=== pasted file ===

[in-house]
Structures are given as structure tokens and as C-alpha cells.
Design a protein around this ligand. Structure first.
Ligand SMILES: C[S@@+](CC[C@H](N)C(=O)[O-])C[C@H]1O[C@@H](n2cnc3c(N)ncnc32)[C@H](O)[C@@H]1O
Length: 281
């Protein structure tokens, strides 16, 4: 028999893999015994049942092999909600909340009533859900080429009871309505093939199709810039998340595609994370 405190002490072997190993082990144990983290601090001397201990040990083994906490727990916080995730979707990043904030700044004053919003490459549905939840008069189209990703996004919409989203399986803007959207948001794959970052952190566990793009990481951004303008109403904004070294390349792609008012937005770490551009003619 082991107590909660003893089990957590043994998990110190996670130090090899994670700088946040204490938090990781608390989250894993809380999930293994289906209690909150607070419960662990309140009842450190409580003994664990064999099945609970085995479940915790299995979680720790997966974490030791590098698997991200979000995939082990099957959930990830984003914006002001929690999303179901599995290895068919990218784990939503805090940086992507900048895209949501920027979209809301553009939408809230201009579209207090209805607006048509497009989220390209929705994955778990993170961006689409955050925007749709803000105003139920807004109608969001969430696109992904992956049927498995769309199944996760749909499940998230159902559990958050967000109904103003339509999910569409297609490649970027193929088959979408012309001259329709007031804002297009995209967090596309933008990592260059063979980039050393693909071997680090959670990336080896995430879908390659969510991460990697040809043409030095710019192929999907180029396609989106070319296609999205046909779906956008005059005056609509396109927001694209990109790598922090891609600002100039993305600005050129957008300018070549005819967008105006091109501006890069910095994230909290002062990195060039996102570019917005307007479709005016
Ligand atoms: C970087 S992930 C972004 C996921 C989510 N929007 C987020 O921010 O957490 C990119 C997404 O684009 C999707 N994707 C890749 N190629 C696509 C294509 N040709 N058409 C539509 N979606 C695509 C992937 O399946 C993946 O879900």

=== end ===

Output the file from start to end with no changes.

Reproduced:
[in-house]
Structures are given as structure tokens and as C-alpha cells.
Design a protein around this ligand. Structure first.
Ligand SMILES: C[S@@+](CC[C@H](N)C(=O)[O-])C[C@H]1O[C@@H](n2cnc3c(N)ncnc32)[C@H](O)[C@@H]1O
Length: 281
């Protein structure tokens, strides 16, 4: 028999893999015994049942092999909600909340009533859900080429009871309505093939199709810039998340595609994370 405190002490072997190993082990144990983290601090001397201990040990083994906490727990916080995730979707990043904030700044004053919003490459549905939840008069189209990703996004919409989203399986803007959207948001794959970052952190566990793009990481951004303008109403904004070294390349792609008012937005770490551009003619 082991107590909660003893089990957590043994998990110190996670130090090899994670700088946040204490938090990781608390989250894993809380999930293994289906209690909150607070419960662990309140009842450190409580003994664990064999099945609970085995479940915790299995979680720790997966974490030791590098698997991200979000995939082990099957959930990830984003914006002001929690999303179901599995290895068919990218784990939503805090940086992507900048895209949501920027979209809301553009939408809230201009579209207090209805607006048509497009989220390209929705994955778990993170961006689409955050925007749709803000105003139920807004109608969001969430696109992904992956049927498995769309199944996760749909499940998230159902559990958050967000109904103003339509999910569409297609490649970027193929088959979408012309001259329709007031804002297009995209967090596309933008990592260059063979980039050393693909071997680090959670990336080896995430879908390659969510991460990697040809043409030095710019192929999907180029396609989106070319296609999205046909779906956008005059005056609509396109927001694209990109790598922090891609600002100039993305600005050129957008300018070549005819967008105006091109501006890069910095994230909290002062990195060039996102570019917005307007479709005016
Ligand atoms: C970087 S992930 C972004 C996921 C989510 N929007 C987020 O921010 O957490 C990119 C997404 O684009 C999707 N994707 C890749 N190629 C696509 C294509 N040709 N058409 C539509 N979606 C695509 C992937 O399946 C993946 O879900």